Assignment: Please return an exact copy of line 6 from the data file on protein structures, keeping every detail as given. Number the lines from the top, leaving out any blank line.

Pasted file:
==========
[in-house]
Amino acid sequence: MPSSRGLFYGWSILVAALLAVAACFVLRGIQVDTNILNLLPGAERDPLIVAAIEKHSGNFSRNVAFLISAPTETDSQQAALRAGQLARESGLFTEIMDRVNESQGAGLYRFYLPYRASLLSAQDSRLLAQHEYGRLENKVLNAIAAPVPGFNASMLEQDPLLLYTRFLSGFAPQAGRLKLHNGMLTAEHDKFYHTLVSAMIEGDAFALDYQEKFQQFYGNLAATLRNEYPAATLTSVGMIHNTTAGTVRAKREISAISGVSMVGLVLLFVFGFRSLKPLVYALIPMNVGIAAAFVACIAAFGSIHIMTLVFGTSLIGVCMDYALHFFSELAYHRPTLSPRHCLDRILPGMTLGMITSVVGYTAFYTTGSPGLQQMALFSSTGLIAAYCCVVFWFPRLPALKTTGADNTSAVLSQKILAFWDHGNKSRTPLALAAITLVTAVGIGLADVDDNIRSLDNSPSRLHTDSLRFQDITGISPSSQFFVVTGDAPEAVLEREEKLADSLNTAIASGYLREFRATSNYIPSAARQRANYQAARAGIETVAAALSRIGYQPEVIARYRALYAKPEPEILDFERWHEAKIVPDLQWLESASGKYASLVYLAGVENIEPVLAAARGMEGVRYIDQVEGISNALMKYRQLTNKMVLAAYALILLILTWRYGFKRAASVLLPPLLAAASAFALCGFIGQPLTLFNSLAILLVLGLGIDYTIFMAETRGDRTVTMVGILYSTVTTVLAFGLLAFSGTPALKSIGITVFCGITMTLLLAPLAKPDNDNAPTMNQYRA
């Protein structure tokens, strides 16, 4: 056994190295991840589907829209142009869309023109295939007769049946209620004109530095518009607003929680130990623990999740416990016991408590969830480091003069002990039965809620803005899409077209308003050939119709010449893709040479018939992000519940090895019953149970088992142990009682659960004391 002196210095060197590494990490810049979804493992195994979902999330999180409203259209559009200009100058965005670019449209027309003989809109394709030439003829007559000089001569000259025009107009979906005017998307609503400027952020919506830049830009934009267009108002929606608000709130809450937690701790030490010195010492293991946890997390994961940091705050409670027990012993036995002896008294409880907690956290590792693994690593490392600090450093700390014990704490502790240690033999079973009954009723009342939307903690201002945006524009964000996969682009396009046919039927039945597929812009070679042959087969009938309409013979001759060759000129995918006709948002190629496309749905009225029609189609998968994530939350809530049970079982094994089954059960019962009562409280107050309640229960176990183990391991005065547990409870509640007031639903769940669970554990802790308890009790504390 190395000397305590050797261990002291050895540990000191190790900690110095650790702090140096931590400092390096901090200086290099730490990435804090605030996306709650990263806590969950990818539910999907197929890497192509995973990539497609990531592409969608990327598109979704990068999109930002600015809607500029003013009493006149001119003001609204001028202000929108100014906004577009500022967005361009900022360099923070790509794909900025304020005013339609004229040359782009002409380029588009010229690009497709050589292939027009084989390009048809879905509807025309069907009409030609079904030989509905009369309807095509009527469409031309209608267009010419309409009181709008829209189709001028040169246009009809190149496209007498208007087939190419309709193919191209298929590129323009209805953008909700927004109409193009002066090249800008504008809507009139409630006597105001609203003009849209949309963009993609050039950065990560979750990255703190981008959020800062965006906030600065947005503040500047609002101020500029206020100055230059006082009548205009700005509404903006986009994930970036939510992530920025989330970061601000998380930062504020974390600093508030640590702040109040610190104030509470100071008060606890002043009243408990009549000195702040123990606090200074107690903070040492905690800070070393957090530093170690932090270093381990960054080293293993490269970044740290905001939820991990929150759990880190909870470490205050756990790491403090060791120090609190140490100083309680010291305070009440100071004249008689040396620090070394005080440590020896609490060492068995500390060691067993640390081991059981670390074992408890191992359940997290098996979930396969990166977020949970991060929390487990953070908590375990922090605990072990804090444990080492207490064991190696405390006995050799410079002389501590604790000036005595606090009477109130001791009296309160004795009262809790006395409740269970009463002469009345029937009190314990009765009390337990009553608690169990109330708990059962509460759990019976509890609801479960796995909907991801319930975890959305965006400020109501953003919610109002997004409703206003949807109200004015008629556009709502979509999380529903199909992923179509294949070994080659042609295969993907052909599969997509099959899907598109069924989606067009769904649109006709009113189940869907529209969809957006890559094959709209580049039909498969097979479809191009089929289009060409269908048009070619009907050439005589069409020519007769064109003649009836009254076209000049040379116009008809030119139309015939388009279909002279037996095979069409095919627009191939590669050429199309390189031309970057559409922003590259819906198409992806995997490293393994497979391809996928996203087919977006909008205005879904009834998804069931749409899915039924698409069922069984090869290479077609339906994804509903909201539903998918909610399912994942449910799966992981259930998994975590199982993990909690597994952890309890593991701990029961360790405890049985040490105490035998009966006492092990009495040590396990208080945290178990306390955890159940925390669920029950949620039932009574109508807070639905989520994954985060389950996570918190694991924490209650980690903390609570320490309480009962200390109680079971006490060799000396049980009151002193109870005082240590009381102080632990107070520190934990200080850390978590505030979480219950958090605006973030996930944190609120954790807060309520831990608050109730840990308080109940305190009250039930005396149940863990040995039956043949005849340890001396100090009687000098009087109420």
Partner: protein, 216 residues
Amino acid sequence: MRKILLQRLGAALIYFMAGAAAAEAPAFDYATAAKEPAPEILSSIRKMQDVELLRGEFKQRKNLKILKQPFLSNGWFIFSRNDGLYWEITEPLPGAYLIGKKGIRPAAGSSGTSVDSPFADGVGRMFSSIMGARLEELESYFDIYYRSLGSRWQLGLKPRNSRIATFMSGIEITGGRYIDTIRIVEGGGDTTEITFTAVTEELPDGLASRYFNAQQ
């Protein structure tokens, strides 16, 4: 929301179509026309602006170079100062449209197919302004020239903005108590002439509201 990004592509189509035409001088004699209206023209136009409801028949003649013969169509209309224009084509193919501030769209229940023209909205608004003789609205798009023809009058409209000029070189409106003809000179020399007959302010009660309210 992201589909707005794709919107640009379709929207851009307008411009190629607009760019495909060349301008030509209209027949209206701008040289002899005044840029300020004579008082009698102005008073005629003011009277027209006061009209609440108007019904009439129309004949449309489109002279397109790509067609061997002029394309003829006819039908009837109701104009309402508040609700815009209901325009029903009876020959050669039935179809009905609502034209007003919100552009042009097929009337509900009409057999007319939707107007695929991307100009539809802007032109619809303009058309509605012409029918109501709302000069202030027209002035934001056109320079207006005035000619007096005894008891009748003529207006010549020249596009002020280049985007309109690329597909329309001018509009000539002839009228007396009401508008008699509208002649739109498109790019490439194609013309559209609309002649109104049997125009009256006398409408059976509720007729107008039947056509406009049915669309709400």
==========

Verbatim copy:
């Protein structure tokens, strides 16, 4: 929301179509026309602006170079100062449209197919302004020239903005108590002439509201 990004592509189509035409001088004699209206023209136009409801028949003649013969169509209309224009084509193919501030769209229940023209909205608004003789609205798009023809009058409209000029070189409106003809000179020399007959302010009660309210 992201589909707005794709919107640009379709929207851009307008411009190629607009760019495909060349301008030509209209027949209206701008040289002899005044840029300020004579008082009698102005008073005629003011009277027209006061009209609440108007019904009439129309004949449309489109002279397109790509067609061997002029394309003829006819039908009837109701104009309402508040609700815009209901325009029903009876020959050669039935179809009905609502034209007003919100552009042009097929009337509900009409057999007319939707107007695929991307100009539809802007032109619809303009058309509605012409029918109501709302000069202030027209002035934001056109320079207006005035000619007096005894008891009748003529207006010549020249596009002020280049985007309109690329597909329309001018509009000539002839009228007396009401508008008699509208002649739109498109790019490439194609013309559209609309002649109104049997125009009256006398409408059976509720007729107008039947056509406009049915669309709400």